So why use alpha mode masking if it looks this terrible?

a) It doesn’t always look this terrible. Alpha Mode Maskings main issue is with sheer, lacy items. Solid items look much better, like the bottom of the same dress…the image on the left is alpha masking, the image on the right is alpha blending. Unlike the lace, there is only small decrease in appearance, especially when viewed at normal distances. (Ie.. your face not up in ssomeone’scrotch! xD)


b) You can’t have more then one layer set to Alpha Blending without having mesh glitches.

Saddly, all graphic cards/viewers/meshs/clothing/textures/ect have this issue. It’s not something anyone can work around. It’s a fundamental flaw in how graphic cards (all graphics cards) handle semi-transparent textures. This is why in video games you rarely see alpha blending. (Go ahead, peek around your favorite video games, you will find they just bake all the textures into one layer 99% of the time, and that when you look closely, those trees and shrubs that look so lush, have the telltale hard edges of Alpha Mode Masking.)

Symptoms of multiple Alpha Blending Layers:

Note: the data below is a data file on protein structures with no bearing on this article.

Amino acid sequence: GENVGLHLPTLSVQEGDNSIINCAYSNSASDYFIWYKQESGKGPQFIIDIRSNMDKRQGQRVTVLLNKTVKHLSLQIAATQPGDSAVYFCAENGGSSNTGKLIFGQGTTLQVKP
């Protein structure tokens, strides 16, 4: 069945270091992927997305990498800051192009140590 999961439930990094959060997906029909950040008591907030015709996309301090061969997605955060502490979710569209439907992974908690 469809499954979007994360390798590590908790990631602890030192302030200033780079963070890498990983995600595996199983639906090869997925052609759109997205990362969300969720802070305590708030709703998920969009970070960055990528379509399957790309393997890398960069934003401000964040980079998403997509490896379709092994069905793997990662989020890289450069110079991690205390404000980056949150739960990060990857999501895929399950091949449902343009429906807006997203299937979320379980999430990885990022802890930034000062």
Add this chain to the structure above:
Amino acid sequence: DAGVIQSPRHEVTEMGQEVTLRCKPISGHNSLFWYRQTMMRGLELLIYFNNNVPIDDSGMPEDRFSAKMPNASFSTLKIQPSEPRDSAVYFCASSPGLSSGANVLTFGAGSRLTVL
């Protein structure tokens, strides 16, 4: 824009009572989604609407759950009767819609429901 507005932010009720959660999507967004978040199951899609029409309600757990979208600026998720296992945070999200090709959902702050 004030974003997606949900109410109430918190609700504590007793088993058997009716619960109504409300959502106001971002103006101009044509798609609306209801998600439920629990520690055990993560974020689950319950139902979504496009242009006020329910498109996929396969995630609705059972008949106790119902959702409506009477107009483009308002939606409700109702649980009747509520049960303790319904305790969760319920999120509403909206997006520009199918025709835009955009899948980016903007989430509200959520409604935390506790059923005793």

1. Layers flickering
  2. Layers disappearing or not showing up
  3. Layers appearing, but in the wrong stack  order. (ie, bras on top of tops!)

Basically, you need to plan your outfits so only one layer requires alpha blending. This can involve some tough choices… do you want the outermost (and most visible layer) to have it, or the underlying lacy layer?

So how do you Change your Clothing Layer Alpha Modes?

Again, this depends on your mesh…

Tactic A: Check the hud that comes with your mesh. Most recent mesh makers are building the options right in the hud.

Tactic B: If your body is modify, you can rez it on the ground and edit it.
  1. Rez the body on the ground.
  2. Rightclick –> Edit
  3. Go to the texture tab.
  4. Use Select face to select the clothing layer you want to change.
  5. Change the Alpha Mode to Blending or Masking as needed.
  6. If you’re changing the mode to alpha masking, remember to also set the “Mask cutoff” or “threshold” field. A recommended starting point is 150, but you should play with it to see what looks good to you.
  7. Repeat for every link and face of the layer. (There may be alot of these thanks to alpha-cut huds being so popular)
A tip for the adventurous: Nothing says every face of a clothing layer needs to be the same alpha mode and/or threshold. If you have something lacy on calf and on your thigh, and there are alpha cuts between the two, you can set textured parts of each layer to blending,  and set the rest to masking. The important thing is that no two overlapping faces can be alpha blending!


There seems to be some evidence, that wedging a layer with Masking Mode in between two blending layers will also drastically reduce.. if not eliminate alpha-glitches entirely.  Unfortunately, because of the nature of the problem, it is hard to test this definitively, but keep it in mind if you find yourself needing two layers to have blending.